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  1. #26
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    Quote Originally Posted by SumJongGuy View Post
    Wasn't Bat Girl like 14 or 15?
    Rarely has Batgirl been depicted as <18yo, most often she's nebulously between 20 and 25, sometimes 27 or older.
    Quote Originally Posted by digitaldeath View Post
    Here’s the dumbest person on tgr
    "If you don't got Olin, then your store could use some fixin'"

  2. #27
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    Quote Originally Posted by CS2-6 View Post
    Rarely has Batgirl been depicted as <18yo, most often she's nebulously between 20 and 25, sometimes 27 or older.
    I' only familiar with the TV show bat girl who was Gordon's daughter and worked at the library after school.
    Go that way really REALLY fast. If something gets in your way, TURN!

  3. #28
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    Yvonne was 30 when she played Batgirl on the TV show.

    wiki/Yvonne_Craig
    www.apriliaforum.com

    "If the road You followed brought you to this,of what use was the road"?

    "I have no idea what I am talking about but would be happy to share my biased opinions as fact on the matter. "
    Ottime

  4. #29
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    Quote Originally Posted by Vt-Freeheel View Post
    Yvonne was 30
    Not a day over 15
    Quote Originally Posted by digitaldeath View Post
    Here’s the dumbest person on tgr
    "If you don't got Olin, then your store could use some fixin'"

  5. #30
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    Quote Originally Posted by Vt-Freeheel View Post
    Yvonne was 30 when she played Batgirl on the TV show.

    wiki/Yvonne_Craig
    So was everyone at Ridell High in Grease..
    Go that way really REALLY fast. If something gets in your way, TURN!

  6. #31
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    Damn you all with your Batgirl thread drift.

    I just got sucked down the nerd/geek comic book rabbit hole and learned the following:

    According to the comic books, Barbara Gordon was 18 when she was Bat-Girl.

    The "troubling" stuff, imho, has always been the ages of the various Robin the Boy Wonders. They have all been minors, to the best of my knowledge and Batman "adopted" them (i.e. they became his ward).

    Thankfully somebody waaaaaay nerdier than me spent the time to figure out each of the various Robin's ages:
    https://aminoapps.com/c/comics/page/...e6a4KQa7Grl8dJ

    That said, dude left out Carrie Kelley, the Robin from Frank Miller's seminal The Dark Knight Returns. She was 13.
    "Man, we killin' elephants in the back yard..."

    http://www.blizzardsportusa.com/

  7. #32
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    It's the big night. Plenty of cops getting overtime for the premiere including plainclothes screening the show looking for Jokers out to cause trouble.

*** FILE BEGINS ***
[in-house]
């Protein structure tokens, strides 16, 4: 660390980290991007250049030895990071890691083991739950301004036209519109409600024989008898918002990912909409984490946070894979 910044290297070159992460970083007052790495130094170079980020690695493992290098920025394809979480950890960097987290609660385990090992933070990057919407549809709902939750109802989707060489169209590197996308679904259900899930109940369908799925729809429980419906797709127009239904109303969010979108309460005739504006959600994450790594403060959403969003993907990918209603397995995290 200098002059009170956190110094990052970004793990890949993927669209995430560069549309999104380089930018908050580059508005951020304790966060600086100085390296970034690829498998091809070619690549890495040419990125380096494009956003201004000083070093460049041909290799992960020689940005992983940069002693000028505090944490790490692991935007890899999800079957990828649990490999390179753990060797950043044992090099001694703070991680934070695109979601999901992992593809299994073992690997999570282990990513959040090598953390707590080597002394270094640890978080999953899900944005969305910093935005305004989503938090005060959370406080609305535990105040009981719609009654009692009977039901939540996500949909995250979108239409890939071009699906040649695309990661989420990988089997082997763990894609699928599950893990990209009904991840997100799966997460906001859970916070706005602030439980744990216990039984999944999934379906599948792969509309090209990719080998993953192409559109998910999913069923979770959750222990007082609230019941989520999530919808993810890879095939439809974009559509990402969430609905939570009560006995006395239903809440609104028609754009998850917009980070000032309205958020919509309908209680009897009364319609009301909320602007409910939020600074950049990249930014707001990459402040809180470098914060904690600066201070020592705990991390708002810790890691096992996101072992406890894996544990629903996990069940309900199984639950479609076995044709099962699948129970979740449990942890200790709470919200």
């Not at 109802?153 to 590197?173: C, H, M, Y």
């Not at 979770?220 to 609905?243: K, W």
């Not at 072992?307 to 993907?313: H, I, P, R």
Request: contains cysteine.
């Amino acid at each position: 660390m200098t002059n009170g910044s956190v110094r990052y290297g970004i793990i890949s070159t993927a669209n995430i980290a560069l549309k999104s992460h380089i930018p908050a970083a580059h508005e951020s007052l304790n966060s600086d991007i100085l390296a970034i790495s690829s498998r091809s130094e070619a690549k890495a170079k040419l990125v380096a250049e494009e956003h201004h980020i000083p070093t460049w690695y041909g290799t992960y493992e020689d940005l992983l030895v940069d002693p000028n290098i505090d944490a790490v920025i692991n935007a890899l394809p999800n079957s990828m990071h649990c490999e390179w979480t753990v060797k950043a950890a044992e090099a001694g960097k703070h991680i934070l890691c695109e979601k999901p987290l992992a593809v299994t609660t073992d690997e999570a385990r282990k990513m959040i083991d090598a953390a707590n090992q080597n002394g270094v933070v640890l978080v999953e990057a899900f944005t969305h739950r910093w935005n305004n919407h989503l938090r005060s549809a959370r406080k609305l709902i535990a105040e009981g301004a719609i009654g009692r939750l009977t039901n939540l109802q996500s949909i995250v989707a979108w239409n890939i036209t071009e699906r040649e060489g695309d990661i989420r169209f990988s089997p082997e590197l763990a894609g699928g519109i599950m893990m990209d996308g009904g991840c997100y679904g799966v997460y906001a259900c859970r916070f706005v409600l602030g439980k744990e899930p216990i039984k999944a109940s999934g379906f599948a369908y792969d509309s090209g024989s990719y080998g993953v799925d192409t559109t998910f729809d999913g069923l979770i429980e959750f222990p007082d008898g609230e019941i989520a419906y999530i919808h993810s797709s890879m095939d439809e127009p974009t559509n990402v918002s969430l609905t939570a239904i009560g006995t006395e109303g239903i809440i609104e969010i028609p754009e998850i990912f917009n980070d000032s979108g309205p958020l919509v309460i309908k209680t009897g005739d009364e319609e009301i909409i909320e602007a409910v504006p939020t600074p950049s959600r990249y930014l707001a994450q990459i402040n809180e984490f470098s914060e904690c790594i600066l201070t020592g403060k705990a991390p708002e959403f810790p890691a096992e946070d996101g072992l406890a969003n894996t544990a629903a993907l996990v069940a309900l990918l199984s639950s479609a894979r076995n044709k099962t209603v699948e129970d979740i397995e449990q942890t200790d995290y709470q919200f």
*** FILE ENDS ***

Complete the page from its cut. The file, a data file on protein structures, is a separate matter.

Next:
www.apriliaforum.com

    "If the road You followed brought you to this,of what use was the road"?

    "I have no idea what I am talking about but would be happy to share my biased opinions as fact on the matter. "
    Ottime

  8. #33
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    This reminds me of the clown costume paranoia around Halloween a couple years ago..
    Go that way really REALLY fast. If something gets in your way, TURN!

  9. #34
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    Quote Originally Posted by SumJongGuy View Post
    This reminds me of the clown costume paranoia around Halloween a couple years ago..
    Speaking of clowns, this dude is WAY freakier than any cinematic variation of the Joker...



    I am tentatively planning to brave an early screening of the film this afternoon...
    "Man, we killin' elephants in the back yard..."

    http://www.blizzardsportusa.com/

  10. #35
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    Click image for larger version. 

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    I survived!

    No Incel activity at the 4:20 screening today in Reno. Heck, they didn't even have increased security. Perhaps for the later shows tonight?

    At any rate, my Initial impressions (I'll post a full-length review later in the Ongoing Movies thread): Don't rush to the theater to see it. It has it's moments, but I feel it has been seriously over-hyped.

    And in regards to incels, wouldn't they be more apt to go apeshit at the upcoming Birds of Prey film with Harley Quinn? If I am to understand the term incel, it's guys who feel they can't get a girlfriend, so wouldn't they be triggered more by an attractive woman (i.e. Margot Robbie as Harley Quinn) than a dude (i.e. Joaquin Phoenix as Joker)?

    "Man, we killin' elephants in the back yard..."

    http://www.blizzardsportusa.com/

  11. #36
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    JOKER
    2.5 out of 5
    There is absolutely no question that Joaquin Phoenix is mesmerizing in his role as Arthur Fleck. Yet despite this I couldn’t help feeling as if he were purposefully channeling Crispin Glover for the entirety of the film (this is particularly noticeable during the talk show bits in the film). In the end this similarity is distracting and disconcerting. Then again, that’s kind of the vibe of the entire film.
    Director and co-screenwriter Todd Phillips, who is best known for blunt, in-your-face comedies (Old School, The Hangover trilogy) instills his first foray into “serious drama” with a singular heavy-handedness that never lets up. Let’s just say that dude needs to learn the art of subtlety. The myriad messages contained within the story (inadequacy of social services systems in America, corrupt businessmen, mental illness, the cult of personalty, amongst others) are delivered with somewhat ham-fisted bravado and utterly lacking any sense of nuance.
    One thing not lacking is exposition. I usually feel that most modern Hollywood fare tends to go light on exposition, here, however, Phillips generously ladles it out. The judicious amounts of set-up prevent the film from really percolating until the latter half of the third act. I get it, it’s meant to be a character study, but there is such a thing as too much character development. Also, the pacing could have been just a tad more brisk. By the time our protagonist completely unravels it’s a bit underwhelming. The long journey we are led on just doesn’t warrant the ultimately predictable end.